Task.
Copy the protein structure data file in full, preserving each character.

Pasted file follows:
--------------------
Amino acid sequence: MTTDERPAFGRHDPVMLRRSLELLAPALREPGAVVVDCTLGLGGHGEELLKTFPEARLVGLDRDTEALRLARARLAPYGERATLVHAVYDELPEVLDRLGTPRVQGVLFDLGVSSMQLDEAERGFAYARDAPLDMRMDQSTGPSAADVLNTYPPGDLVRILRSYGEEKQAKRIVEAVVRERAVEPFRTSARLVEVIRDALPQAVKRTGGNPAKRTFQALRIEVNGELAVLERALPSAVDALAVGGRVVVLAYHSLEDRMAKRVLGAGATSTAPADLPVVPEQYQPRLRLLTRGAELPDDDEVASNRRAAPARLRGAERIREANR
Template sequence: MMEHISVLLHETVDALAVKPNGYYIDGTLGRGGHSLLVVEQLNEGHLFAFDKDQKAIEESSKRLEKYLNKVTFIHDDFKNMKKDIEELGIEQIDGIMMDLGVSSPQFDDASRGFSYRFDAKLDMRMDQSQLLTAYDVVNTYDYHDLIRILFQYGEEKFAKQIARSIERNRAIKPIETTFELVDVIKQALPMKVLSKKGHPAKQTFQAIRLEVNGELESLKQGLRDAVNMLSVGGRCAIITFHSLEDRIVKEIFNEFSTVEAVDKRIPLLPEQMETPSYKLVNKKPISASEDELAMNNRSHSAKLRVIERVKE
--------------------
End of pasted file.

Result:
Amino acid sequence: MTTDERPAFGRHDPVMLRRSLELLAPALREPGAVVVDCTLGLGGHGEELLKTFPEARLVGLDRDTEALRLARARLAPYGERATLVHAVYDELPEVLDRLGTPRVQGVLFDLGVSSMQLDEAERGFAYARDAPLDMRMDQSTGPSAADVLNTYPPGDLVRILRSYGEEKQAKRIVEAVVRERAVEPFRTSARLVEVIRDALPQAVKRTGGNPAKRTFQALRIEVNGELAVLERALPSAVDALAVGGRVVVLAYHSLEDRMAKRVLGAGATSTAPADLPVVPEQYQPRLRLLTRGAELPDDDEVASNRRAAPARLRGAERIREANR
Template sequence: MMEHISVLLHETVDALAVKPNGYYIDGTLGRGGHSLLVVEQLNEGHLFAFDKDQKAIEESSKRLEKYLNKVTFIHDDFKNMKKDIEELGIEQIDGIMMDLGVSSPQFDDASRGFSYRFDAKLDMRMDQSQLLTAYDVVNTYDYHDLIRILFQYGEEKFAKQIARSIERNRAIKPIETTFELVDVIKQALPMKVLSKKGHPAKQTFQAIRLEVNGELESLKQGLRDAVNMLSVGGRCAIITFHSLEDRIVKEIFNEFSTVEAVDKRIPLLPEQMETPSYKLVNKKPISASEDELAMNNRSHSAKLRVIERVKE